The latest posts from TEOTWAWKI Blog
After a couple snoozer episodes, I really dug this past week's episode of the Walking Dead, titled "Consumed".
Some great post-apocalyptic scenery as Carol and Daryl returned to explore the ruins of Atlanta in search of Beth. And I am certainly a sucker for exploring desolate apocalyptic urban landscapes...for some reason, strangely beautiful and fascinating. Felt a bit like the zombie classic 28 Days Later.
Thumbs up to the show here for some good work here. Excellent cinematography, set design, etc. And cool to revisit some of the iconic places from earlier in the series.
Also enjoyed a few of the urban survival elements that were comparatively well done, if you were paying attention:
- Struggles with locked doors, chains and other barriers (and having the tools to deal with them)
- Acquiring transportation when needed
- Using existing shelter
- Scavenging water and other supplies
- Importance of stealth and observing unknown forces from afar
- Necessity of traveling light
What did you guys think? Think anyone will catch a bullet or walker bite in next week's jail break episode, "Crossed"/
Contractor-style "Go Bags" - maybe a bad example
I used these as an example of a lighter weight, purpose-driven kit, but may have taken the conversation sideways a bit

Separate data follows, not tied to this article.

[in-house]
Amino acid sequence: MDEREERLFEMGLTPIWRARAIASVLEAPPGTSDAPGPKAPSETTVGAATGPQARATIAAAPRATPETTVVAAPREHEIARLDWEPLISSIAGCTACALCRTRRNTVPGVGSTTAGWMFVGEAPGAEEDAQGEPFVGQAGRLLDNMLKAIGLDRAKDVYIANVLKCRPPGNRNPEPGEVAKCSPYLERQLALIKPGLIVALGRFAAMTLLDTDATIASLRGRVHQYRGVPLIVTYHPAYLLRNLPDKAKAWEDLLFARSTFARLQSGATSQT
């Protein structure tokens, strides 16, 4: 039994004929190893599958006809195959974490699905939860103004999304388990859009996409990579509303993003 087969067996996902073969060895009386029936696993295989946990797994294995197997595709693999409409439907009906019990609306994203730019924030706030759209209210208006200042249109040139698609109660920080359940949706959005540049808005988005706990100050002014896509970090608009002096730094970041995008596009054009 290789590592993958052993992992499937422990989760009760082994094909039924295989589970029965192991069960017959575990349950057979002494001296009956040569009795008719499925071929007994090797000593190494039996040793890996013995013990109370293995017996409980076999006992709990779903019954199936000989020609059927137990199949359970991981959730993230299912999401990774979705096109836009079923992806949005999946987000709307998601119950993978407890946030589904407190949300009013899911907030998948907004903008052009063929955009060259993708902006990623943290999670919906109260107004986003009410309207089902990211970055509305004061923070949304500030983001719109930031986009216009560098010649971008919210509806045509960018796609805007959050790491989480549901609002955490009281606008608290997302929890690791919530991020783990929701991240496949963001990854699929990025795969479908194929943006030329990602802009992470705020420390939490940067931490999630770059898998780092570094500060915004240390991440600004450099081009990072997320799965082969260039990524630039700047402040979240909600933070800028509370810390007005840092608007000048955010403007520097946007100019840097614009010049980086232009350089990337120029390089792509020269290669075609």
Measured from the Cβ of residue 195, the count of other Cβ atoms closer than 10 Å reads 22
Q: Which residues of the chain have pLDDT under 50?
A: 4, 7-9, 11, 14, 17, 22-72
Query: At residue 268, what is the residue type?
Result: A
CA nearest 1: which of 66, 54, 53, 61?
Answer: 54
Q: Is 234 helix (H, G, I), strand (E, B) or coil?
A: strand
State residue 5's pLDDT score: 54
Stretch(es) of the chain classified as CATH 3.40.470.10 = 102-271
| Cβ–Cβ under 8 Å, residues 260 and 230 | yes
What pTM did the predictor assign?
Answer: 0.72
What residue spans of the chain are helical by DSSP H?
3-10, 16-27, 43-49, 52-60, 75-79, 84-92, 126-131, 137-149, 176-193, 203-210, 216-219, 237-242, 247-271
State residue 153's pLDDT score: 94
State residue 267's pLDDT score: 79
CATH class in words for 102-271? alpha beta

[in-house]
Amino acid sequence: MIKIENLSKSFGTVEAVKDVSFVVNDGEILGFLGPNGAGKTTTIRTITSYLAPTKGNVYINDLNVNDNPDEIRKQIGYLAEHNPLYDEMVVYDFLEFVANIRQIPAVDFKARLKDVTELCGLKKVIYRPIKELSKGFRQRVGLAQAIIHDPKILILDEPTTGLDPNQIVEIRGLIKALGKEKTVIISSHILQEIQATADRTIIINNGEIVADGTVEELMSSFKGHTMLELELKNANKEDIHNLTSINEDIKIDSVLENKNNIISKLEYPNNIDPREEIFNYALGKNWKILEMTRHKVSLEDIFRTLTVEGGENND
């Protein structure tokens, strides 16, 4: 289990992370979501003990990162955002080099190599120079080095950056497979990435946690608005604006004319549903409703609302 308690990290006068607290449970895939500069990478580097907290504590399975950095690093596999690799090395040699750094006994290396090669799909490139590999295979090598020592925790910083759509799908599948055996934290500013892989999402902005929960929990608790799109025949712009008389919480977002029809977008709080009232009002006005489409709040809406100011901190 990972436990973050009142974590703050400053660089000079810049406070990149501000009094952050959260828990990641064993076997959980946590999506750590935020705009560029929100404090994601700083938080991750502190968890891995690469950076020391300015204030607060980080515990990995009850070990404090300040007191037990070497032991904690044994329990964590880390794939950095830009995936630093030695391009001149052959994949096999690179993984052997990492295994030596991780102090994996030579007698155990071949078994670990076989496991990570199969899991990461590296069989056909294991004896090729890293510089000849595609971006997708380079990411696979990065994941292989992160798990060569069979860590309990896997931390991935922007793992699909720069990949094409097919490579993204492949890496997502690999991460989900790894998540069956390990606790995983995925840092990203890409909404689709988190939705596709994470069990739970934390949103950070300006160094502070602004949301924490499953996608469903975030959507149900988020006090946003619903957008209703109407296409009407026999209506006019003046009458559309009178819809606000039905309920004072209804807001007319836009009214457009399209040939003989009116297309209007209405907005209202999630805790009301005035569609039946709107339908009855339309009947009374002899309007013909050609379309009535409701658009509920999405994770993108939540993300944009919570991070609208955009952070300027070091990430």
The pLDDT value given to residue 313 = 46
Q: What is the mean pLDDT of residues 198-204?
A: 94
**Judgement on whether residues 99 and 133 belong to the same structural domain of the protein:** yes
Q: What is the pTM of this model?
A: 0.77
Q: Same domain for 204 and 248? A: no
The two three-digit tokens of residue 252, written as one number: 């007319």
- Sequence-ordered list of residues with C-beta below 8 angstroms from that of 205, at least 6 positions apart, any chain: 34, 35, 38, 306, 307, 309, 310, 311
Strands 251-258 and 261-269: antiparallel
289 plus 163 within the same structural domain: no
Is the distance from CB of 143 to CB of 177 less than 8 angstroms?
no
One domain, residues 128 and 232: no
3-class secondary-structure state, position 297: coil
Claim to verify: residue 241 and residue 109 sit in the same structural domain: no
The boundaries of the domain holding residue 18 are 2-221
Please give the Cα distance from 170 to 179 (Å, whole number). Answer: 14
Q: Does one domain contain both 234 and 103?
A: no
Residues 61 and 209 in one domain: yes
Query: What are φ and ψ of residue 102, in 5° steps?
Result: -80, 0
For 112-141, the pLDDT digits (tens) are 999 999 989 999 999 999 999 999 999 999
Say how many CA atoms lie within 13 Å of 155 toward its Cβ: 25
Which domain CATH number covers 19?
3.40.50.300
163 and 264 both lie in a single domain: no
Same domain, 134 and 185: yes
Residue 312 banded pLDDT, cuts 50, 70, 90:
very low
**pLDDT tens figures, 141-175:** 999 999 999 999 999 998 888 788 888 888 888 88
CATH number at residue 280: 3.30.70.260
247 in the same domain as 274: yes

For some context, an example from Bubba over at DVM of a go bag (he calls it a red zone bug out bag) he carried as a backup: http://www.deathvalleymag.com/2010/03/16/civilian-contractors-red-zone-bug-out-bag-part-1/
A man purse with mags and tactical gear isn't something I'd make an across the board recommendation on, especially for a civvy survivalist. In fact, it's tough to make any kind of across the board recommendations. Why?
A really good quote from the DVM article:
It’s all about defining the threat environment you operate in, the problems you will most likely face, and sorting out the tools that are the best fit for you and your mission, as well as what you can reasonably expect to carry.
The contractor go bag is an example of a solution for the problems those guys were facing in Iraq. They were almost exclusively operating out of vehicles in a quasi-urban environment, and were primarily concerned with attacks from heavily armed insurgents, IEDs or a combination of the two. If the bag needed to be employed, it'd need to be grabbed quickly, and would be used to retreat under fire and either get to safety or survive until help showed up.
Your threat environment, the problems you will most likely face, and the problem solving tools that will work for you will likely be different from a contractor in Iraq circa 2009.
Bug out bag or Ruck
These are two terms that are tossed around a lot in the same discussion--I'll define them in terms of capacity and weight and discuss.
Bug out bag (aka patrol pack, go to hell bag, go bag): A typical bug out bag is going to be around assault/3 day pack size. Or similar to the size you'd take on a long day hike or 3-season overnighter.